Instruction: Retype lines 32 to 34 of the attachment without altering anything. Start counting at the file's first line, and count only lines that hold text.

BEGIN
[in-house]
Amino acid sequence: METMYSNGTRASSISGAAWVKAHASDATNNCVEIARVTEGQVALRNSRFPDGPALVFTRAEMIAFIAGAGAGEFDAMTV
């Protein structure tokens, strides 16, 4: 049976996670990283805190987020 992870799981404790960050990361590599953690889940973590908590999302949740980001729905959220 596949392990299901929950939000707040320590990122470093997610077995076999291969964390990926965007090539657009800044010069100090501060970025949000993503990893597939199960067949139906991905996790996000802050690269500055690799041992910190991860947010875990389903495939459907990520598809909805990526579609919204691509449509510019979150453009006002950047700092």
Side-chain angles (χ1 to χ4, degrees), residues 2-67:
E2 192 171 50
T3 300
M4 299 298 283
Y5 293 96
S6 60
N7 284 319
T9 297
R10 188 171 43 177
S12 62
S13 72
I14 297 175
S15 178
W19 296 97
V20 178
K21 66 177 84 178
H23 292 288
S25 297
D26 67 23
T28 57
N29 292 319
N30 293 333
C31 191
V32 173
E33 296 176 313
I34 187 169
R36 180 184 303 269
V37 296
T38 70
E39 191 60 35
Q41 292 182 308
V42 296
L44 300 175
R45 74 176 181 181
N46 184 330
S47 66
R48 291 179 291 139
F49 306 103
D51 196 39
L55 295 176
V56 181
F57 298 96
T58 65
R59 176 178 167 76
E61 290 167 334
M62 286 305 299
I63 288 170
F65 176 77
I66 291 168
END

T38 70
E39 191 60 35
Q41 292 182 308